Every now and then a large body of Ottawas, Hurons, and other tribes who hunted the countries bordering on the great lakes, would come down in a squadron of light canoes, laden with beaver skins, and other spoils of their year's hunting.
Twelve, fifteen, eighteen months would often elapse without any tidings of them, when they would come sweeping their way down the Ottawa in full glee, their canoes laden down with packs of beaver skins.
I would wager fifty beaver skins
against as many flints, that the Mohicans and I enter their wigwams within the month
He knew it for a Hudson Bay Company gun of the young days in the Northwest, when such a gun was worth its height in beaver skins
packed flat, And that was all--no hint as to the man who in an early day had reared the lodge and left the gun among the blankets.
For example, the HBC's official standard of trade valued one beaver skin
as equal to three marten skins despite the French valuing one beaver skin
as equal to one or two marten skins.
Animal rights activists might be startled by a beaver skin
cushion on the bed, but the fur trade was part of the history of the Huron-Wendat Nation.
the Mad Hatter from Alice In Wonderland was inspired by Montreal's ancient trade in beaver skin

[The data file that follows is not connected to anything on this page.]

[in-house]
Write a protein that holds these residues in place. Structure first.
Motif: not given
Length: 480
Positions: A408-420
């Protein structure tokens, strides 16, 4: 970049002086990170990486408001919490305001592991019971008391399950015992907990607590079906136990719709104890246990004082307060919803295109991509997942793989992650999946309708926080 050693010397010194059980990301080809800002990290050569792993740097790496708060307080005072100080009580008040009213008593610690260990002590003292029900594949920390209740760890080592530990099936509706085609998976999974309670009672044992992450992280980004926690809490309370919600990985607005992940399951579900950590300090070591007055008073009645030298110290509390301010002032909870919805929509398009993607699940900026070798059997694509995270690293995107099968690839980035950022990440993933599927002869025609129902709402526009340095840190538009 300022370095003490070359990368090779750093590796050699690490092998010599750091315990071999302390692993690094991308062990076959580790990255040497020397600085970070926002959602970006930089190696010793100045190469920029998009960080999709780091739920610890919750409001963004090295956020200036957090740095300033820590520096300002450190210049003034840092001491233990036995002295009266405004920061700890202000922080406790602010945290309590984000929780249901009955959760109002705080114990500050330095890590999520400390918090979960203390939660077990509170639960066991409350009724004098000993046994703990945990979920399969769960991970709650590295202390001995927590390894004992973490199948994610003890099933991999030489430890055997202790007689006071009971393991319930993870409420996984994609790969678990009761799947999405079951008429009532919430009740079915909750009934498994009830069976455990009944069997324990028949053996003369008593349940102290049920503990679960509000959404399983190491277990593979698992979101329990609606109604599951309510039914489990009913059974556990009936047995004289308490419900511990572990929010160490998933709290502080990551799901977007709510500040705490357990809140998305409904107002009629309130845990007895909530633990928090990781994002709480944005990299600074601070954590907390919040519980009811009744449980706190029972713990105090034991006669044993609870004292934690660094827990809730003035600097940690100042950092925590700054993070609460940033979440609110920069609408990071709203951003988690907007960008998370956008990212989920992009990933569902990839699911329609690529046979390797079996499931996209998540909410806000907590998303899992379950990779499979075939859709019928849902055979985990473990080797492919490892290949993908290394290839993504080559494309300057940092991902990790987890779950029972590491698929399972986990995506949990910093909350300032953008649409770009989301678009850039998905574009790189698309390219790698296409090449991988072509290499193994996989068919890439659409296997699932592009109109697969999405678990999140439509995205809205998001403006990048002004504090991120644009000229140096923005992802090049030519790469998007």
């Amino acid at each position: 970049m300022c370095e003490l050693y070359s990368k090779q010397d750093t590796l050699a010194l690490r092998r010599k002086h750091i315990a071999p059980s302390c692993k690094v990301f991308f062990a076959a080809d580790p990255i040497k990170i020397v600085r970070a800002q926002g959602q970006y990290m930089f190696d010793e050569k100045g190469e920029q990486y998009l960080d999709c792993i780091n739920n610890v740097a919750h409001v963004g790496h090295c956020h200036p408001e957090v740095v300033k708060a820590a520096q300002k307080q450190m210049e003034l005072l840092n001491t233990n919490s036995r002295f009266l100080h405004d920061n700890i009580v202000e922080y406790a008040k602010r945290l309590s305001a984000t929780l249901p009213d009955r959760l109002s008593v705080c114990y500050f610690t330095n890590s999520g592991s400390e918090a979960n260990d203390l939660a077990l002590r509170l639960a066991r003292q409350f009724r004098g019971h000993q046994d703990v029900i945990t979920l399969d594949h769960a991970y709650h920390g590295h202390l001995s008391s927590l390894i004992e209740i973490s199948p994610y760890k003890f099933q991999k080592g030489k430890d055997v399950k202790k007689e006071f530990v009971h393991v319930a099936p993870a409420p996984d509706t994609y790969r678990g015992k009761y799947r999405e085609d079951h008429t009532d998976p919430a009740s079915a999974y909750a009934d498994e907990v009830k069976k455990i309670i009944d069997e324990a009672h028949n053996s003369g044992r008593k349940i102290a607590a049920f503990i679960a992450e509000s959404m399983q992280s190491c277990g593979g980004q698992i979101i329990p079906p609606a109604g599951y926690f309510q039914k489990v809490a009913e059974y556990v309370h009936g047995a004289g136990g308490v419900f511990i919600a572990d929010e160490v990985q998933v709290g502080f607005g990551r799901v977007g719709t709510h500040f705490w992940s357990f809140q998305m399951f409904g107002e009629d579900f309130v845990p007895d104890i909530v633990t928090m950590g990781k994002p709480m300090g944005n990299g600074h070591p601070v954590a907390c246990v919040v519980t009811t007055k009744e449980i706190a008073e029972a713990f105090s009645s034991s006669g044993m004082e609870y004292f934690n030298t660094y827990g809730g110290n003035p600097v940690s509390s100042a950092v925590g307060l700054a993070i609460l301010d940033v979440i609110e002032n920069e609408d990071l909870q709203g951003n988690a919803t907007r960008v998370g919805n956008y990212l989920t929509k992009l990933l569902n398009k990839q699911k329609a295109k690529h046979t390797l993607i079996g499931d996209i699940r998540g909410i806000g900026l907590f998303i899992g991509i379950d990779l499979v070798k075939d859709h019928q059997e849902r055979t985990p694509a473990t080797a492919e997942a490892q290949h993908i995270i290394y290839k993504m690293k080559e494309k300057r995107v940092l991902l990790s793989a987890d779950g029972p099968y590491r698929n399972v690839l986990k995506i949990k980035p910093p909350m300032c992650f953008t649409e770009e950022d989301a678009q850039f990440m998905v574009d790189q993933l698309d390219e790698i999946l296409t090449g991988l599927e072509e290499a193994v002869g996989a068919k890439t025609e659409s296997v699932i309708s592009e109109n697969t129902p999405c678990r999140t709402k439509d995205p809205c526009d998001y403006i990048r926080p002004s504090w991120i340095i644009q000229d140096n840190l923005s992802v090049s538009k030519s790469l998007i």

hats which were dipped in mercury to hold their shape.
The beaver skin
felt top hat is typical of the clothing the federal government gave the Indian Chiefs to impress them.
Offered from Granham Farm as agent, this youngster will be adding to the family's international credentials when going into training with Bill Keratsas-the 'Greek Lester Piggott'-as her dam, Beaver Skin
Hunter, has had runners in Belgium and France so far.
Beavers were hunted to extinction in Scotland in the 1600s and beaver skins
were imported from Scandinavia and later from the American colonies to supply the hatters'trade.
In 1849, little federal money circulated in Oregon, and the territory needed a more efficient way to conduct commerce than bartering with beaver skins
, wheat and other commodities, or using gold dust, according to the 1932 article "Pioneer Gold Money," written by Leslie Scott and published in the Oregon Historical Quarterly.
In 1742 Native trappers received 15 to 20 percent of the amount for which beaver skins
were sold in London, which the authors consider a fair price in view of the costs of maintaining HBC establishments in Canada and England and transporting goods between them.